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CU-Boulder students pack up for summer
CU-Boulder students pack up for summer

As if finals and graduation were not enough to keep University of Colorado senior Richard Levy busy this week, he is also packing and moving out of his house on the Hill.

Levy, graduating Friday, is moving in with his parents until he finds a job.

Now, Levy and his three roommates have to figure out what to do with all their stuff.

“We bought most of the furniture together, so it’s not worth selling it and dividing out like $7 each for what we’ll get,” Levy said.

So, the four seniors decided to give back to their community.

This week, Levy said he will dump a table and chairs, two couches and a 42-inch flatscreen television in the alleyway behind his house.

It’s not that he is lazy — Levy said it’s tradition for seniors to return the favor.

“I got my desk and chair that I’m still using now in an alleyway,” Levy said. “We’re just paying our dues.”

Levy may be able to get away with shoveling his unwanted goods on a Hill sidewalk, but students moving out of the residence halls are being asked to donate their usable items.

There is just one day left before the dorms close for the summer, and students are rushing to move out. Many of them aren’t taking everything along.

“I’ll be throwing away pretty much everything hanging on my walls,” said CU freshman Hannah Guerrero. “There are some things I don’t need to keep, and it’s not worth packing them, so I’ll just get rid of some stuff.”

The CU Environmental Center is encouraging on-campus students to recycle their unwanted, reusable items in bins located in the residence hall lobbies. There are bins for usable items like furniture, clothes and shoes and separate bins for non-perishable foods and personal items.

Much of the discarded items will benefit the Boulder County Homeless Shelter and US Again — a non-profit that disperses unwanted items to those in need.

The ECenter is also expanding its reusable campaign by selling the items from bins in Williams Village at a garage sale May 14 to benefit the Boulder Valley School District.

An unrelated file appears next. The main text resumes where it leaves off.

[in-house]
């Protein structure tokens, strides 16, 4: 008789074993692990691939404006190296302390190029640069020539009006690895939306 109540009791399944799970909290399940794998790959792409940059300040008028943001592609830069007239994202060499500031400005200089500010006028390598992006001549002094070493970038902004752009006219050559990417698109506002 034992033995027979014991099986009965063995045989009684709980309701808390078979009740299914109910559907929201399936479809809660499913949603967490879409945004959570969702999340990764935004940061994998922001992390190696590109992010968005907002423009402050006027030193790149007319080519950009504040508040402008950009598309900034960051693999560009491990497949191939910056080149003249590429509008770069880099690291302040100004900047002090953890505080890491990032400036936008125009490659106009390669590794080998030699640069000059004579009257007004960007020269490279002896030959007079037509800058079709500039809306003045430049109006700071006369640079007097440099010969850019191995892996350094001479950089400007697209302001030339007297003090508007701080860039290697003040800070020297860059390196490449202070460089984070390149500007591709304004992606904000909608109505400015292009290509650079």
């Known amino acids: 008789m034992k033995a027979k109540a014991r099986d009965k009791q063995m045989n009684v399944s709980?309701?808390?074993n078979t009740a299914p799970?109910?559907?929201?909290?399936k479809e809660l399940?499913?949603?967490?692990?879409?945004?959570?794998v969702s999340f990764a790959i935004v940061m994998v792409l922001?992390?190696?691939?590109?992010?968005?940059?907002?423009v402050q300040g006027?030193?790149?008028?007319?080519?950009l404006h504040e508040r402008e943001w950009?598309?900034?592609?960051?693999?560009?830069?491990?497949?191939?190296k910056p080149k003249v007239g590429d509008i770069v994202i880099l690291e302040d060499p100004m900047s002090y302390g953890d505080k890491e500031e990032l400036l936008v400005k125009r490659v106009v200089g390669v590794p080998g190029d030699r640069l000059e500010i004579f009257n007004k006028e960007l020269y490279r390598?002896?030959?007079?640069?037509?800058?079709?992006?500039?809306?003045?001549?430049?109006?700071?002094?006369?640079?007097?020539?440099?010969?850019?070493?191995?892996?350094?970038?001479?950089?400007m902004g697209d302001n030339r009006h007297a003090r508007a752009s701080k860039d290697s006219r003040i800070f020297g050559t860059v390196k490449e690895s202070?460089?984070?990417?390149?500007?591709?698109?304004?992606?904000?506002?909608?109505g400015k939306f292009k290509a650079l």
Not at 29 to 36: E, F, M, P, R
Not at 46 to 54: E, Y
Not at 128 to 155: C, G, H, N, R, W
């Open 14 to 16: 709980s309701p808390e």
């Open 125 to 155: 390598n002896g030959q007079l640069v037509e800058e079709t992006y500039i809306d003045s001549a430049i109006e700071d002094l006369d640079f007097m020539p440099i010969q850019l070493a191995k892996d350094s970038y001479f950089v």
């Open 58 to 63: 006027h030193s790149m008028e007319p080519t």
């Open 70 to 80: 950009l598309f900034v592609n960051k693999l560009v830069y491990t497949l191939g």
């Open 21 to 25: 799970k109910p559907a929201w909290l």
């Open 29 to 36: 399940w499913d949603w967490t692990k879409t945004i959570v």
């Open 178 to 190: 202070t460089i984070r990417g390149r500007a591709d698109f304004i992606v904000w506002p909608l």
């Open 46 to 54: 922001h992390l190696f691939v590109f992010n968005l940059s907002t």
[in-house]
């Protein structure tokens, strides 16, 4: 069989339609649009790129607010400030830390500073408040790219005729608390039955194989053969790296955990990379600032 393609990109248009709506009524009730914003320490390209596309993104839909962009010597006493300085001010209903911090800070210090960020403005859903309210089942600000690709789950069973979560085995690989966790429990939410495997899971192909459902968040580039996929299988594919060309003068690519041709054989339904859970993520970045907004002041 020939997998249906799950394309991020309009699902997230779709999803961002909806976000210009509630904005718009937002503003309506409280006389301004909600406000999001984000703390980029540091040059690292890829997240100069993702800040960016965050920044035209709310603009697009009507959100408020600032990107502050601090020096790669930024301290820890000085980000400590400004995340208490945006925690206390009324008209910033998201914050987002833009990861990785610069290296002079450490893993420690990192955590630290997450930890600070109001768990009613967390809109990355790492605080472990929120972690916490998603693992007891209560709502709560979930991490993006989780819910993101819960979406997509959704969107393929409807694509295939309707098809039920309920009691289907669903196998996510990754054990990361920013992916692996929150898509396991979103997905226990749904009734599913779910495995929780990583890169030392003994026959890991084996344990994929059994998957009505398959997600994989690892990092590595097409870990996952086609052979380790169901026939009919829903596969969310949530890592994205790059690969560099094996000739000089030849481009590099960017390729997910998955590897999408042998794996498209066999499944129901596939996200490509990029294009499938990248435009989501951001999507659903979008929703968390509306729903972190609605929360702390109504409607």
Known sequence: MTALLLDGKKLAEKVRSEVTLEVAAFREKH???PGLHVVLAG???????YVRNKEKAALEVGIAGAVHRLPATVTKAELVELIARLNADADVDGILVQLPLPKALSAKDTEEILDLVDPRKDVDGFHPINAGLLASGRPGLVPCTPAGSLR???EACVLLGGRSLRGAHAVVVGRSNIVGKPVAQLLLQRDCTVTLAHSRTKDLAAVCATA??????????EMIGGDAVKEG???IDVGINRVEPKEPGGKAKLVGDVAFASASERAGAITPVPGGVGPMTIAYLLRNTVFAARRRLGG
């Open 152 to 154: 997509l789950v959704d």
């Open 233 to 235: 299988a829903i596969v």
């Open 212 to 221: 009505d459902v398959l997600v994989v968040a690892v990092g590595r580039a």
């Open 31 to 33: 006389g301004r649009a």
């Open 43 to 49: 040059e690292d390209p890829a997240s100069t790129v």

And while CU Police continue to monitor the more popular recycling technique of dumpster diving, the ECenter is using campus Dumpsters to expand their reusable items program, said Dan Baril, Recycling Program manger for the ECenter.

“We put bins at three of the Dumpsters, hoping to give students one last chance to recycle their items instead of trash them,” Baril said.

CU Police Cmdr. Tim McGraw said the police crackdown is not only out of safety concerns for the danger of being inside a Dumpster, but non-university affiliated divers, in search of items, causes a distraction on campus.

He also said the department wants to support recycling efforts by the ECenter.

“We gave warnings last year, but the potential for tickets will be more in play this year than in prior years,” McGraw said.

John Fox, assistant director of Housing for CU, said out-of-state students often struggle with transporting their items home, due to air travel, while in-state students typically have an easier time, with the help of family and a short car trip.

About 41 percent of the students in the dorms are out of state.

Some students are forced to rent storage units to house their items until they return in the fall.

Van Vasquez, manager at AAA Storage, said about 300 students rent units around this time every year.

A small unit, typical for freshman with little or no furniture, costs around $100 for the summer, while upperclassmen who need more space are looking at around $180, Vasquez said.

CU freshman Will Mckenna said he found a friend with some extra storage space in Boulder for a fair price: Free.

“I’m going home but I can’t take everything so I’ll leave most of it here and then just move it to my new place in August,” Mckenna said.